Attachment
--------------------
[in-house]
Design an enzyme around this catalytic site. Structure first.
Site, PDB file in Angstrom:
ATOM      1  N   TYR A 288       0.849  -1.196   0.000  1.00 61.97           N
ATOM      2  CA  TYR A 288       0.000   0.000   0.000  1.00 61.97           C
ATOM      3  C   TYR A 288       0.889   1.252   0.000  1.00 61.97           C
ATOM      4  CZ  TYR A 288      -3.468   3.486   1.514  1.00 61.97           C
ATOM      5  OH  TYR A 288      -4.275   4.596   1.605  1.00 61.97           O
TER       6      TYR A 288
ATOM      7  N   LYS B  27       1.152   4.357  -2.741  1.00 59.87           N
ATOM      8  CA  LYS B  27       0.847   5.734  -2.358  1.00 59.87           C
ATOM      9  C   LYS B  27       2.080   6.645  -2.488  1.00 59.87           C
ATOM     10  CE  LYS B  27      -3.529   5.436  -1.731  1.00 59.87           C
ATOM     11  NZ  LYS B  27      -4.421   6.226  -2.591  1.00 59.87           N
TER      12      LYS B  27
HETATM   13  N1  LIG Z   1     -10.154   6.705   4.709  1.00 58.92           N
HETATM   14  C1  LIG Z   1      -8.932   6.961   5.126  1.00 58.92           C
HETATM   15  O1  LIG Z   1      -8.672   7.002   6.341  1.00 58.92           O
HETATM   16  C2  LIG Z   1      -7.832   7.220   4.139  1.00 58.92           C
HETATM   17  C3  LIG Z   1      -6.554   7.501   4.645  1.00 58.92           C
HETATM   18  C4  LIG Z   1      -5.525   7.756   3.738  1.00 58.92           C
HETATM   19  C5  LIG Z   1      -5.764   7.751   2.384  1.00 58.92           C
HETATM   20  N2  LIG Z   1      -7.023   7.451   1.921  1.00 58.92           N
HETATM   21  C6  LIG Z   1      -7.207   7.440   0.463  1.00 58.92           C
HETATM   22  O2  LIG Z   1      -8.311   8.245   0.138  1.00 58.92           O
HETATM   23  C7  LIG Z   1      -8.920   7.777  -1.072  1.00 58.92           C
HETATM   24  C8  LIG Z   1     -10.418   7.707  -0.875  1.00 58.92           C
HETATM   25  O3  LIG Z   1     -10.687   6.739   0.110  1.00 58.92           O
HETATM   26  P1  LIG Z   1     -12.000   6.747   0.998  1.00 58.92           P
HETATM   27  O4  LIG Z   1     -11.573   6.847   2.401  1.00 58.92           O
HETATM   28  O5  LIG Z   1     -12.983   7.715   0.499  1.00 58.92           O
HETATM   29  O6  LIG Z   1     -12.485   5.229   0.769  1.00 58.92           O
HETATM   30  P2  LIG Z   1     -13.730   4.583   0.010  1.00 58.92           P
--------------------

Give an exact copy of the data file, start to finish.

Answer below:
[in-house]
Design an enzyme around this catalytic site. Structure first.
Site, PDB file in Angstrom:
ATOM      1  N   TYR A 288       0.849  -1.196   0.000  1.00 61.97           N
ATOM      2  CA  TYR A 288       0.000   0.000   0.000  1.00 61.97           C
ATOM      3  C   TYR A 288       0.889   1.252   0.000  1.00 61.97           C
ATOM      4  CZ  TYR A 288      -3.468   3.486   1.514  1.00 61.97           C
ATOM      5  OH  TYR A 288      -4.275   4.596   1.605  1.00 61.97           O
TER       6      TYR A 288
ATOM      7  N   LYS B  27       1.152   4.357  -2.741  1.00 59.87           N
ATOM      8  CA  LYS B  27       0.847   5.734  -2.358  1.00 59.87           C
ATOM      9  C   LYS B  27       2.080   6.645  -2.488  1.00 59.87           C
ATOM     10  CE  LYS B  27      -3.529   5.436  -1.731  1.00 59.87           C
ATOM     11  NZ  LYS B  27      -4.421   6.226  -2.591  1.00 59.87           N
TER      12      LYS B  27
HETATM   13  N1  LIG Z   1     -10.154   6.705   4.709  1.00 58.92           N
HETATM   14  C1  LIG Z   1      -8.932   6.961   5.126  1.00 58.92           C
HETATM   15  O1  LIG Z   1      -8.672   7.002   6.341  1.00 58.92           O
HETATM   16  C2  LIG Z   1      -7.832   7.220   4.139  1.00 58.92           C
HETATM   17  C3  LIG Z   1      -6.554   7.501   4.645  1.00 58.92           C
HETATM   18  C4  LIG Z   1      -5.525   7.756   3.738  1.00 58.92           C
HETATM   19  C5  LIG Z   1      -5.764   7.751   2.384  1.00 58.92           C
HETATM   20  N2  LIG Z   1      -7.023   7.451   1.921  1.00 58.92           N
HETATM   21  C6  LIG Z   1      -7.207   7.440   0.463  1.00 58.92           C
HETATM   22  O2  LIG Z   1      -8.311   8.245   0.138  1.00 58.92           O
HETATM   23  C7  LIG Z   1      -8.920   7.777  -1.072  1.00 58.92           C
HETATM   24  C8  LIG Z   1     -10.418   7.707  -0.875  1.00 58.92           C
HETATM   25  O3  LIG Z   1     -10.687   6.739   0.110  1.00 58.92           O
HETATM   26  P1  LIG Z   1     -12.000   6.747   0.998  1.00 58.92           P
HETATM   27  O4  LIG Z   1     -11.573   6.847   2.401  1.00 58.92           O
HETATM   28  O5  LIG Z   1     -12.983   7.715   0.499  1.00 58.92           O
HETATM   29  O6  LIG Z   1     -12.485   5.229   0.769  1.00 58.92           O
HETATM   30  P2  LIG Z   1     -13.730   4.583   0.010  1.00 58.92           P